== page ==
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Sports Sponsorships: You May Want to Pass

29 Aug, 2005 By: Ian Crockett imageSource

Sports Sponsorships: You May Want to Pass

This time of year our hearts
and minds, as well as some of my clients’ money, turn toward football. Some of
my clients are the Official Office Technology Supplier or some variation of that
designation for NFL teams, while others are the official sponsors for their
local college teams.

I’m not a huge fan of sports sponsorships. The teams and the leagues are very
finicky about their brand, especially the NFL. Even if you do sponsor a team,
you still are not allowed to use the logo for the NFL, Super Bowl or Pro Bowl.
You can’t even use those words!

We have a client that has a contest each year in which the winner gets an all
expense trip to Hawaii for the Pro Bowl. In our advertising, we have to say Pro
Football’s All-Star Game. It’s why you hear the Super Bowl referred to as “The
Big Game” quite a bit during the month of January. The NFL saves the words Super
Bowl for those who spend exorbitant amounts of money for the right to use it,
and is ready to fire out a cease and desist to anyone bootlegging it.

Sponsorships also require a lot of work. Just aligning your dealership’s name
with a local sports team doesn’t score any points with the market. In other
words, you need to spend money outside of the sponsorship to promote the fact
you have the “official” designation. This would include additional advertising
vehicles and having the team logo on all your collateral.

You also need to take advantage of the merchandising available, which is key.
Don’t give the tickets or a spot in the box suite to your favorite uncle. I’m
not sure I would even invite current customers unless they are in another buying
cycle. I would use them to schmooze key prospects or as an incentive for
salespeople to perform.

Remember, other than positioning you as a good local corporate citizen, the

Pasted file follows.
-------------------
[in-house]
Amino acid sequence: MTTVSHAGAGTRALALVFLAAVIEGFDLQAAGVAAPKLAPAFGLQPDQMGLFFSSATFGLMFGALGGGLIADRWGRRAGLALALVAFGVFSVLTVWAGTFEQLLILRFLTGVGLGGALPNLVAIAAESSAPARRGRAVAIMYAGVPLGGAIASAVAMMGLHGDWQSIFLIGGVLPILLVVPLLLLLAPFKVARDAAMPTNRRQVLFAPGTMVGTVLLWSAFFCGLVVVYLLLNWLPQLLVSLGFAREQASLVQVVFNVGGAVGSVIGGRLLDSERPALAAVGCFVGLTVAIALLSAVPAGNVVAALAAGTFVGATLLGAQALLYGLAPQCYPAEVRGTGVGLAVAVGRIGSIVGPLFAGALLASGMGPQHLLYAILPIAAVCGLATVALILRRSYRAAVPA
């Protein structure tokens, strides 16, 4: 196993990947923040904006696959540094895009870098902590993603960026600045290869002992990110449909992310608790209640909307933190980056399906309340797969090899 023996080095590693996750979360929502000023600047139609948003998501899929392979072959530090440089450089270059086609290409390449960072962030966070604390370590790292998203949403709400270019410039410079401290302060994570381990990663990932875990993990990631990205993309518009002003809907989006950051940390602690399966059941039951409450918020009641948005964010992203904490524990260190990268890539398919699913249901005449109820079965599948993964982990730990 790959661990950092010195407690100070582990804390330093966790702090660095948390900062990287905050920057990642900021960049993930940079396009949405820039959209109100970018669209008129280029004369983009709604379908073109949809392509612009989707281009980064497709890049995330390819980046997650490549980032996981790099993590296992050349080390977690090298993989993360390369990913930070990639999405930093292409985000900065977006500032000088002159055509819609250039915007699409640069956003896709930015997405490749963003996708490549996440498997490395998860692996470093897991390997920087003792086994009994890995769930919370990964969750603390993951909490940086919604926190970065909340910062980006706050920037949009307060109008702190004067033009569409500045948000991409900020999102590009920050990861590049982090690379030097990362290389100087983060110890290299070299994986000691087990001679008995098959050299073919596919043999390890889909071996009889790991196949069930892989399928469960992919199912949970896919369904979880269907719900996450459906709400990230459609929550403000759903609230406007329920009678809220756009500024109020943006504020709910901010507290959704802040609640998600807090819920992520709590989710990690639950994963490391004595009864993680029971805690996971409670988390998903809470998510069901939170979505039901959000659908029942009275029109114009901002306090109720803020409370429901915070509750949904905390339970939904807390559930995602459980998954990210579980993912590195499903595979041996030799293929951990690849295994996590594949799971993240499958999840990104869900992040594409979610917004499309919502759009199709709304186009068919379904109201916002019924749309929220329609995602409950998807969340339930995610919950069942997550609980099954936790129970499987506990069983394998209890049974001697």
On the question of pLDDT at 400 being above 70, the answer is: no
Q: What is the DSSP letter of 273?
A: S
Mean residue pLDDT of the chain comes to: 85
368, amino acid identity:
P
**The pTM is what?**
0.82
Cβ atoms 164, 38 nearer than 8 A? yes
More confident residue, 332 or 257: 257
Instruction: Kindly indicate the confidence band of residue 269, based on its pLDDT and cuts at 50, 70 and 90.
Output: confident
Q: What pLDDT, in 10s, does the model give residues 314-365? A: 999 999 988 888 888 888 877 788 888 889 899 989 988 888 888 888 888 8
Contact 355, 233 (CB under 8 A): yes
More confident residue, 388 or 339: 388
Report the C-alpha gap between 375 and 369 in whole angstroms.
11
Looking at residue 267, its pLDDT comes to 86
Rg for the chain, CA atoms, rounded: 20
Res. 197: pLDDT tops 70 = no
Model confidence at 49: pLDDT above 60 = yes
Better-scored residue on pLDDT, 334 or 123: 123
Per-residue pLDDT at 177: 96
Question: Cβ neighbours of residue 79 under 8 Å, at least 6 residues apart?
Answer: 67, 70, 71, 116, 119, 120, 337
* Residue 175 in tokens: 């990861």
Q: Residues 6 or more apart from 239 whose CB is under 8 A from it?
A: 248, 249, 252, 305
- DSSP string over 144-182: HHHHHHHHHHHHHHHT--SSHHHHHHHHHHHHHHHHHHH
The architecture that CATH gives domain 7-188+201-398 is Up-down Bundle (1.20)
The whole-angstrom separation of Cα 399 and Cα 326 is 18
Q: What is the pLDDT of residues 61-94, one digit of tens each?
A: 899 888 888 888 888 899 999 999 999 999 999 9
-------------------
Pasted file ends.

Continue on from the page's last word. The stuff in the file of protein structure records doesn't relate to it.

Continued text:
official designation won’t win you any business or much goodwill, even if the
potential customer is a die-hard fan.

Bringing in the Big Boys

Even having some of the players attend an event like an open house can be risky.
I’ve heard a variety of stories that include players alienating the customers
and autograph sessions overwhelming the purpose of the event.

Using players as spokespersons can be even riskier. Sports sponsorships will
generate awareness, but the identity element depends on the success of the team
or the reputation of the player. Nike and Hertz invested millions in Kobe Bryant
and O.J. Simpson and had their reputations somewhat tarnished.

We’ve had more success with retired athletes, such as David Robinson and Kevin
McHale. They’re more predictable and not as inclined to do something stupid once
their playing days are over, although that certainly wasn’t the case with

AutoNation has done well with ex-jocks as spokespersons for its chain of car
dealerships, using Dan Marino in Florida, John Elway in Colorado and Wayne
Gretzky in California. Plus, once an athlete is retired, they generally don’t
command the same dollar amounts as when they were active.

Other Tips:

• A sports sponsorship doesn’t have to include professional or college athletes
and events. Sponsoring a Little League team or high school basketball squad can
provide a good return if leveraged properly. Your logo on the outfield fence or
the gymnasium scoreboard won’t generate sales unless you’re visible at the games
and get yourself involved in the booster club.

• Don’t use up all your marketing funds or even the majority of them for the
sports deals. You need to have plenty left over for a traditional campaign that
highlights your involvement with the local team.

• Be careful when you’re agreeing to any sponsorship. I had a client several
years ago that sponsored a pro hockey team that went to the Stanley Cup Finals.
He had a regular season sponsorship contract that called for a 30-second TV spot
in every game for $1,000 each. He did not read the contract in detail, so he was
unaware that if the team made the playoffs, he was obligated to spend $4,400 for
each 30-second spot. And, each round it went up 10 percent. Almost every round
went seven games that year and he wound up spending over $80,000 just in the
playoffs. I’d never witnessed someone rooting against his or her favorite team
as vehemently.

The bottom line is sports sponsorships can be good if leveraged properly, but
they’re expensive and there are better ways to spend your marketing dollars.

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